As 2020 comes to a close, The Chronicle's sports department takes a look back at the biggest stories of the year in Duke athletics. Each day, we will review a major game, event or storyline that helped shape the course of the year for the Blue Devils. Check out the rest of the top 10 here.
Coming in at No. 9: Duke football returns to play following one of the most tumultuous offseasons in the sport's history.
This past March, the COVID-19 pandemic put the sporting world on pause—the NBA was the first of many professional leagues to halt its season, while the NCAA ceased activity just as winter sports were concluding and spring sports were entering their stride.
As colleges nationwide formulated their own responses to the outbreak and plans for the fall semester, the fate of the college football season was thrown into question. Even with some professional sports returning to play during the summer, questions remained: When, if at all, would it be safe to return to campus? Would college sports even be a possibility? From the very beginning, Duke football head coach David Cutcliffe voiced his belief that a full season was possible, with a special stress on the need for a unified response across all of college football.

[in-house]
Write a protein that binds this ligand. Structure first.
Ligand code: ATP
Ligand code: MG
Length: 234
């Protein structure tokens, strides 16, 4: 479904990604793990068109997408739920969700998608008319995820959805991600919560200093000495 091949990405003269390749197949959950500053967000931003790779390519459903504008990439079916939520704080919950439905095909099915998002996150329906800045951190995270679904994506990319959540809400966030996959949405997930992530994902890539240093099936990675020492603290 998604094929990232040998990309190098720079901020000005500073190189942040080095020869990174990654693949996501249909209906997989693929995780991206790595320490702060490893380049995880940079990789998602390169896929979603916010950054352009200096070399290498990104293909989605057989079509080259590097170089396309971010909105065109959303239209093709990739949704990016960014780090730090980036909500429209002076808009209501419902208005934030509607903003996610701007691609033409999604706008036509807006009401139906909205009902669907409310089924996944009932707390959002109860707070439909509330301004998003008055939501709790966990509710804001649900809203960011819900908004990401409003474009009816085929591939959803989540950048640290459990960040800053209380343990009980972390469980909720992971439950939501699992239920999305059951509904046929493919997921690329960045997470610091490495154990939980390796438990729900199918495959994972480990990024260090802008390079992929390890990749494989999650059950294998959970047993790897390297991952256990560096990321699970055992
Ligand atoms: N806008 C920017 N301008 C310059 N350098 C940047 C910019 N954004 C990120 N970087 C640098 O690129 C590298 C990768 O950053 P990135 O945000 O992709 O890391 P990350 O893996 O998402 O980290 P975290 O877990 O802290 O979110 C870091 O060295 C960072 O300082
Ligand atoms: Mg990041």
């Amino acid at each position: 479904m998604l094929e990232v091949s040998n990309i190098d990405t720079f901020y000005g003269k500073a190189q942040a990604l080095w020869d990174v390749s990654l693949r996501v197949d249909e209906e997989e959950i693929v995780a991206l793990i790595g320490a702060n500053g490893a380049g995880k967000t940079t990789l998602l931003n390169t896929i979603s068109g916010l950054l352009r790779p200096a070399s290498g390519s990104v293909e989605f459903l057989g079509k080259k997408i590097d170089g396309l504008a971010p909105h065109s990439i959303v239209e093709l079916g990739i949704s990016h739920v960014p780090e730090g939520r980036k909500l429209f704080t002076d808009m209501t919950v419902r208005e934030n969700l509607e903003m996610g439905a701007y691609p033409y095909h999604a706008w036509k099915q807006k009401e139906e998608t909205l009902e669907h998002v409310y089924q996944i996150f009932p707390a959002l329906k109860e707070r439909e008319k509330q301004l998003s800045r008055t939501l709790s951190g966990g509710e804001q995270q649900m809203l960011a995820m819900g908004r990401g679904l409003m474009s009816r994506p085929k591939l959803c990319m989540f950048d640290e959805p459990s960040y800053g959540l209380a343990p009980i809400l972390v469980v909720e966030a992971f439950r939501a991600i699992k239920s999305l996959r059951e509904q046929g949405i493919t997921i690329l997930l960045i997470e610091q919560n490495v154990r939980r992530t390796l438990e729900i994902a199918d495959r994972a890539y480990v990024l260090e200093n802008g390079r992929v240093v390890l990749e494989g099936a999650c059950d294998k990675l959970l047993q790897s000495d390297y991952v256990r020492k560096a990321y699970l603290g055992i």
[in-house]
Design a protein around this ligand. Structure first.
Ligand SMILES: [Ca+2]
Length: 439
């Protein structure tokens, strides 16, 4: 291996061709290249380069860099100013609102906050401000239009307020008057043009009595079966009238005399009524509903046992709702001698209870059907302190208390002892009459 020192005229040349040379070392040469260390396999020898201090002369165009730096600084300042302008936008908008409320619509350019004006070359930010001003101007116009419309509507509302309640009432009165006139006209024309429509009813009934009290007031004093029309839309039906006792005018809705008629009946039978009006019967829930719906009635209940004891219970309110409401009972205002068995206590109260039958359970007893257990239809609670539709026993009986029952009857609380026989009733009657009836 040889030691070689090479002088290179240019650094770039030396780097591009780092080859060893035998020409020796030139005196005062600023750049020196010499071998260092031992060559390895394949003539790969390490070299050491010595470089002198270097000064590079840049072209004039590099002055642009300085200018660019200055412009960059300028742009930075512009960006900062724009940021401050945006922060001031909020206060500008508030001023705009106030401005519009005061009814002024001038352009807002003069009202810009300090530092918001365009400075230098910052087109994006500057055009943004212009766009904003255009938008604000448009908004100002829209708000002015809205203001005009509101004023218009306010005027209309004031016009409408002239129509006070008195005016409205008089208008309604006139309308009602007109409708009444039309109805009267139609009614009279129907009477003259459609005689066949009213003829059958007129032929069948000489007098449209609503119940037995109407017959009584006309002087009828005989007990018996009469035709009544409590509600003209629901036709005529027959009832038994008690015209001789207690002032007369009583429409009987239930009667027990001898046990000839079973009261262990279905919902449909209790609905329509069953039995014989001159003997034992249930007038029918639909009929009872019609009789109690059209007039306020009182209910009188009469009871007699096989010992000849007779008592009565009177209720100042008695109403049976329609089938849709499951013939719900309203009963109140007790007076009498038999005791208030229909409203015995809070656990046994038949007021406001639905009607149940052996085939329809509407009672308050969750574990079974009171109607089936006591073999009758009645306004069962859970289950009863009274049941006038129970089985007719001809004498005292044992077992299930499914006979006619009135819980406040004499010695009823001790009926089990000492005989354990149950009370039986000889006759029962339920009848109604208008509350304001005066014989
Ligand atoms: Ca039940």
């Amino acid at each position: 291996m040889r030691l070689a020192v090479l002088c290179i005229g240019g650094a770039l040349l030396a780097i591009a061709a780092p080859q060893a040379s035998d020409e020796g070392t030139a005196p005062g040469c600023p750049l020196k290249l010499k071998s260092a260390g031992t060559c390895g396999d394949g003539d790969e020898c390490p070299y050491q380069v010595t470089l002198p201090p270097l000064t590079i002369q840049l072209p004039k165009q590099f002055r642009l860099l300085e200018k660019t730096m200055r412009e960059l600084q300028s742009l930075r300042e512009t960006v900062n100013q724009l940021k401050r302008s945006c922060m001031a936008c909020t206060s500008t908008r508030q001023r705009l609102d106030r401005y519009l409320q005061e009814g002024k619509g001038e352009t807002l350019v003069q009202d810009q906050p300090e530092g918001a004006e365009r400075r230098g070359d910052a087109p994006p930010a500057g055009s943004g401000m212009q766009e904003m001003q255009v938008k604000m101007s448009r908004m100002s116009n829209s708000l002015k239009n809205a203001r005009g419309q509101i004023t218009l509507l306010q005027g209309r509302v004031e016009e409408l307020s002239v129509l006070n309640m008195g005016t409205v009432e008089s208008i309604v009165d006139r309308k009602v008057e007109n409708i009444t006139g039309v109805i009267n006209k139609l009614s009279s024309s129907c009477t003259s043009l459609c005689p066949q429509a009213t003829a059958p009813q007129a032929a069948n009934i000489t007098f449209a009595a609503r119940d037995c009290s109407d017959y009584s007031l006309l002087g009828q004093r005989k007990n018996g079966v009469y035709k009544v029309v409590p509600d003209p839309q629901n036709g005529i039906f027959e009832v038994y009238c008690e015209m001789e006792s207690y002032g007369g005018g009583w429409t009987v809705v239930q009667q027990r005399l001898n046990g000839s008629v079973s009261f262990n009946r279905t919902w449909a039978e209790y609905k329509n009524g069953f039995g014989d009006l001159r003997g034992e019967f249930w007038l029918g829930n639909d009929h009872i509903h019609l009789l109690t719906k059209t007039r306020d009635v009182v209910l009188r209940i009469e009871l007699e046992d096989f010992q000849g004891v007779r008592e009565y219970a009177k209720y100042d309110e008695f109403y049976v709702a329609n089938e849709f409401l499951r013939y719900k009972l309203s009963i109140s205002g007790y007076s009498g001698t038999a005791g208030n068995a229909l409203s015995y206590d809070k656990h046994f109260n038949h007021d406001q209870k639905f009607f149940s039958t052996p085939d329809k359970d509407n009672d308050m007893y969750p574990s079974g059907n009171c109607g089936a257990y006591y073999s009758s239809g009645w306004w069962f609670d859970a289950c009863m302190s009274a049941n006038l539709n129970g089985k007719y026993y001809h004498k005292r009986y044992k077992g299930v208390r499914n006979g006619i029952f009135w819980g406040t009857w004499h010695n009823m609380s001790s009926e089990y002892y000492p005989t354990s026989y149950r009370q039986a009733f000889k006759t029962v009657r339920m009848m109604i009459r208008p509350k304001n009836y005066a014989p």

As part of Duke University's cautious COVID-19 response, the Blue Devils were the last Power Five football team to return to campus, doing so July 12. This return was not without some early hardship, however—25 players tested positive for COVID-19 within the initial three-week period. Luckily, all were cases with no or mild symptoms, with the team never having to pause any activities.
Just a few weeks after that announcement, though, the Big Ten and Pac-12 decided to postpone their fall seasons in a break from the other Power Five conferences, ending Cutcliffe’s hope for a unified initial response across college football. Nevertheless, he remained adamant that a full 2020 season was still possible for the Blue Devils.
And Sept. 12, Duke finally began its unlikely season on the road against Notre Dame. While the Blue Devils ended up on the losing end in South Bend, Ind., en route to a disappointing 2-9 campaign, perhaps the greatest victory of all was that they merely made it to the point where a football season was, in fact, possible.
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